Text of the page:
Ask El­lie: Man at­tracted to his ther­a­pist won­ders if he should let her know

The Daily Courier - - FRONT PAGE - EL­LIE TESHER Email el­lie@thes­ Fol­low @el­liead­vice.

QUES­TION: Sev­eral months ago, I’d be­come emo­tion­ally “out of sorts” and sought coun­selling (first­time).

I’m male, early 60’s, pro­fes­sional back­ground, per­ma­nently sep­a­rated, no de­pen­dents.

At a fam­ily ser­vices agency, a cog­ni­tive psy­chol­o­gist was as­signed. She’s in her 40s and within six ses­sions, was un­lock­ing a long-lin­ger­ing is­sue (from my child­hood).

I’ve been able to iden­tify and man­age it, and my mood dis­ap­peared. We ended the ses­sions, and, at a “group so­cial” event, she was nearly al­ways around me.

Dur­ing the hour-long ses­sions, we’d com­mu­ni­cated with a level of in­ti­macy and oc­ca­sional hu­mour that as­ton­ished me — al­ways strictly pro­fes­sional, yet any­one would sense my grow­ing at­trac­tion to her.

How­ever, I’m es­pe­cially sen­si­tive to the per­ils of “cross­ing the line.”

The last thing I’d ever wish to do is place her in a po­si­tion (even by per­cep­tion) that com­pro­mises her stand­ing with her em­ployer.

But I want to know her bet­ter, and won­der as to whether, and how, I can ex­press my feel­ings.

While it’s dif­fer­ent if she’s “at­tached,” I do have some in­for­ma­tion sug­gest­ing that she is not.

I don’t want to lose her friend­ship (our ob­vi­ous rap­port).

What’s your ad­vice about my re­veal­ing per­sonal in­ter­est in this woman? — Dilemma

AN­SWER: De­cide first whether you’d ever want to see her pro­fes­sion­ally again. If so, any at­tempt to see her so­cially would end that pos­si­bil­ity.

If not, there’s still the ques­tion of “how to ap­proach.”

Be aware that it’s not un­com­mon for some ther­apy clients and even med­i­cal pa­tients, to feel a spe­cial “bond” with the pro­fes­sional who helps them.

=Make con­tact with a sim­ple ques­tion, such as, “would it be ap­pro­pri­ate if we met away from your of­fice for a cof­fee and so­cial con­ver­sa­tion?”

It’s re­spect­ful and re­strained, yet fairly clear that you’re not see­ing this as a pro­fes­sional en­counter. Her an­swer will likely be even clearer. If she’s will­ing to meet, you’re on a new so­cial level. If she’s not, it should be no sur­prise or in­sult, given com­mon pro­fes­sional rules against ther­a­pist­client re­la­tion­ships.

QUES­TION: My daugh­ter, 22, re­cently told me that the same-age young man she’d been see­ing had phys­i­cally abused/as­saulted her.

I had a panic at­tack, but man­aged to drive to the po­lice sta­tion where she re­vealed all the de­tails of what hap­pened that night.

He’s now in jail, and will go through the crim­i­nal sys­tem.

How do I help my daugh­ter make her hurt go away? I of­ten find her cry­ing in her room, and it breaks my heart.

How can she sur­vive this and be the young happy girl she once was?

I also can­not help blam­ing my­self. How did I not no­tice this or see it sooner? I feel I failed her as a mother and her pro­tec­tor. I fear he’d start pur­su­ing her again and she’d speak with him.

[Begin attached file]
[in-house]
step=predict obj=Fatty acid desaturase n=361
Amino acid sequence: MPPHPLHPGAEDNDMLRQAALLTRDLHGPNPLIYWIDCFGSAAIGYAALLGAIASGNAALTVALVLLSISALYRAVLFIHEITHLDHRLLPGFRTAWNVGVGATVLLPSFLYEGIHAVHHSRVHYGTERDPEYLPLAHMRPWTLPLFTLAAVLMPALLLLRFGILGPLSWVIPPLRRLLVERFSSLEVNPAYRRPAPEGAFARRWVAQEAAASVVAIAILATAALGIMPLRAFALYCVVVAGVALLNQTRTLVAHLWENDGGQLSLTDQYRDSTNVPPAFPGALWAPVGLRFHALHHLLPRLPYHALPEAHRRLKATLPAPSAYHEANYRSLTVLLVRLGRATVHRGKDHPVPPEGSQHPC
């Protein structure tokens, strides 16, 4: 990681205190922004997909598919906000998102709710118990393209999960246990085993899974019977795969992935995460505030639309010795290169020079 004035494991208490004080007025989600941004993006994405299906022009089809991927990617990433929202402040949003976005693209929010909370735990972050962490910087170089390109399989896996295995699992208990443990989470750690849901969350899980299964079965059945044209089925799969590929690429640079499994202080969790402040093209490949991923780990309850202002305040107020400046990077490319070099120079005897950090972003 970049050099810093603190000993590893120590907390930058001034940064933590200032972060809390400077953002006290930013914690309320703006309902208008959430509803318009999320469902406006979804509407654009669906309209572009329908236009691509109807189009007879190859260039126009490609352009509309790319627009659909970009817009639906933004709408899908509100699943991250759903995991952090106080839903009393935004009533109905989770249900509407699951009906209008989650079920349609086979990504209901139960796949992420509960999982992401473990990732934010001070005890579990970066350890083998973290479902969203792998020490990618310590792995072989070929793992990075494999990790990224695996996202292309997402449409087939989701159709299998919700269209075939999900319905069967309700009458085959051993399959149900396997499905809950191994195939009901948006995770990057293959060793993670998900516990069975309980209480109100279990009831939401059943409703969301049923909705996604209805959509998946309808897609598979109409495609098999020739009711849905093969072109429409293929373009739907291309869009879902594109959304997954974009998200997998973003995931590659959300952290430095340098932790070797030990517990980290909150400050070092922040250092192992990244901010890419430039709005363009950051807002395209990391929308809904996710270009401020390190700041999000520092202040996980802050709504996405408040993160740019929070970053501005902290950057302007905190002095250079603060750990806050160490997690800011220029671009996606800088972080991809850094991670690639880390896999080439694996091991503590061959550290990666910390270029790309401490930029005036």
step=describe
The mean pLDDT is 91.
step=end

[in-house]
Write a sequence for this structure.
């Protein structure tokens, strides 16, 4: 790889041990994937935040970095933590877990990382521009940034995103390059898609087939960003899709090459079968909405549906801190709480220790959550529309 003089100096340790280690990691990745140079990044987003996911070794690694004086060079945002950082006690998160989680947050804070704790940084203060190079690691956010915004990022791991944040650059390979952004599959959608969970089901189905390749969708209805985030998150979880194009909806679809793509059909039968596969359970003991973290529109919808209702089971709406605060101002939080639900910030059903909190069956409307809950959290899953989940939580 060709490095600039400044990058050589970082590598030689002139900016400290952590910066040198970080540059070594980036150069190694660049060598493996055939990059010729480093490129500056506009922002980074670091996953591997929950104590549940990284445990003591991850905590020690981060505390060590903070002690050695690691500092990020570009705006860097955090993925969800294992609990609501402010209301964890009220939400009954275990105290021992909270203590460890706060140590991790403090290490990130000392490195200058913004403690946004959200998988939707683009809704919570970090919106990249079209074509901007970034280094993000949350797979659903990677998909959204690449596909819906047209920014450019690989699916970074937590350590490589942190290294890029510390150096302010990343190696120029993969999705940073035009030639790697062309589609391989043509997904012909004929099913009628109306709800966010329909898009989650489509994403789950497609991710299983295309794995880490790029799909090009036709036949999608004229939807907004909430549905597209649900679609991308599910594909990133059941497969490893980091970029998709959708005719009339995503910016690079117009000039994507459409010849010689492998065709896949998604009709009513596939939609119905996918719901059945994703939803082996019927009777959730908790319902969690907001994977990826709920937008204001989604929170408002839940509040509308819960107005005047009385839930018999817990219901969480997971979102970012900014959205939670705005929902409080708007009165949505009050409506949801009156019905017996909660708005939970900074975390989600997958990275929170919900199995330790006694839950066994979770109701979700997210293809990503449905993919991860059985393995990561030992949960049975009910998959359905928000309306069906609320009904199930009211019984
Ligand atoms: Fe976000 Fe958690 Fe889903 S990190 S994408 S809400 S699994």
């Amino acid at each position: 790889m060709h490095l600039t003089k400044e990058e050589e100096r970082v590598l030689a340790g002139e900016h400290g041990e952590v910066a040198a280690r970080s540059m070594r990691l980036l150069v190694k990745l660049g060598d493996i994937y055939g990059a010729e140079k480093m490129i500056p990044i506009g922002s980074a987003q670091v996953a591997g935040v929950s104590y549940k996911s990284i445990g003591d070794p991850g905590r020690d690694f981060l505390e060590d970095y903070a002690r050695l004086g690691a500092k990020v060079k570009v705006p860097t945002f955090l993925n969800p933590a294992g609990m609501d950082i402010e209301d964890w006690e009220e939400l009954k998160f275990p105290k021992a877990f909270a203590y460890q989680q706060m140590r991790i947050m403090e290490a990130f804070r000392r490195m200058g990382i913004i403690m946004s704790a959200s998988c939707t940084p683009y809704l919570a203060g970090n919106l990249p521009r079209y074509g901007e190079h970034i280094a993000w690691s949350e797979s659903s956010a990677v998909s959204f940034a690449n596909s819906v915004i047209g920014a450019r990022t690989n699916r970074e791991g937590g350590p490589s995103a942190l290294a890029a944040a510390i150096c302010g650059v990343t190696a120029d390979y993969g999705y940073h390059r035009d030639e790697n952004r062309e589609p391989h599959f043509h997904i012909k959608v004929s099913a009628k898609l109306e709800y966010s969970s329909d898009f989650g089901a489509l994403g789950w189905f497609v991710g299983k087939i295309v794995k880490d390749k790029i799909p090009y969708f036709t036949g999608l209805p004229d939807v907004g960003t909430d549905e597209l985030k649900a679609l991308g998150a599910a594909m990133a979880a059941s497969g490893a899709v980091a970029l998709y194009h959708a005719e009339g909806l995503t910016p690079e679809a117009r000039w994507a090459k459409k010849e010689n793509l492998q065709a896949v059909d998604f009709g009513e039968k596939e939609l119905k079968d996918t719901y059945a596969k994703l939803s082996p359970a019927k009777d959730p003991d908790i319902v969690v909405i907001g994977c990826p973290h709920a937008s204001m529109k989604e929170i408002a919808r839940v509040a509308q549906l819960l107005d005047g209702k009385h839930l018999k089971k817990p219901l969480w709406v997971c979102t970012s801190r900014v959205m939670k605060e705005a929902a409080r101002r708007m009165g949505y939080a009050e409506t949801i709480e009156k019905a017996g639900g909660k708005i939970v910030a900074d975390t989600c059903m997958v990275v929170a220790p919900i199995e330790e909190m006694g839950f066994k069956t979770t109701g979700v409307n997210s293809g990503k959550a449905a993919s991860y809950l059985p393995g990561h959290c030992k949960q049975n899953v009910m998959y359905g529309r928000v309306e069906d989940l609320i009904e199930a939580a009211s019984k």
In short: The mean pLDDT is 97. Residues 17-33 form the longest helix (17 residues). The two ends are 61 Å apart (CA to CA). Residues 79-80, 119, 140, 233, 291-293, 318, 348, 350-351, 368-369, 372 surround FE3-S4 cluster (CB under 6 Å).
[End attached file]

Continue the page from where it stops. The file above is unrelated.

The author­i­ties made it clear to both that he’s not to come near her or any places he knows she’d fre­quent. How do I pro­tect her? — Heart­bro­ken Mother AN­SWER: Many ther­a­pists and coun­selling agen­cies of­fer spe­cific sex­ual abuse coun­selling and re­lated re­sources which can be found on­line.

Your daugh­ter, the prime vic­tim, needs bol­ster­ing to be­lieve it wasn’t her fault, plus con­fir­ma­tion for her courage in speak­ing out.

You need sep­a­rate coun­selling as­sur­ance that you’re not a failed mother.

Her up­bring­ing at home con­trib­uted to her in­ner strength to han­dle this painful event. Now your on­go­ing sup­port is es­sen­tial.

Fall­ing apart with sor­row and self-blame is an es­pe­cially wrong mes­sage for her at this time.

Reader’s Com­men­tary: On one more op­tion for the man with hu­mil­i­at­ing body odour:

“In 2005, I was told by some­one I could no longer go some­where be­cause peo­ple couldn’t stand the smell of me.

I went to see my fam­ily doc­tor who was a holis­tic type.

He im­me­di­ately tested me for a zinc de­fi­ciency .... and “Bingo.”

I started on a daily sup­ple­ment regime of zinc (bis­g­ly­ci­nate 155mg), as well as cop­per (bis­g­ly­ci­nate 2mg) be­cause zinc will de­plete your body’s sup­ply of cop­per if you don’t), and have done so ever since.

My body odour prob­lem went away and never re­turned.”

El­lie: I re­mind read­ers that even with sug­ges­tions of over-the-counter sup­ple­ments, it’s im­por­tant to first see a physi­cian in case there are other med­i­cally-based causes for body odour.

It’s equally im­por­tant to be clin­i­cally tested for any sug­gested de­fi­ciency, and not rely on an­other per­son’s ex­pe­ri­ence and re­ac­tion. TIP OF THE DAY If you fall for a help­ful ther­a­pist, know the po­ten­tial pit­falls in even sug­gest­ing a so­cial re­la­tion­ship.

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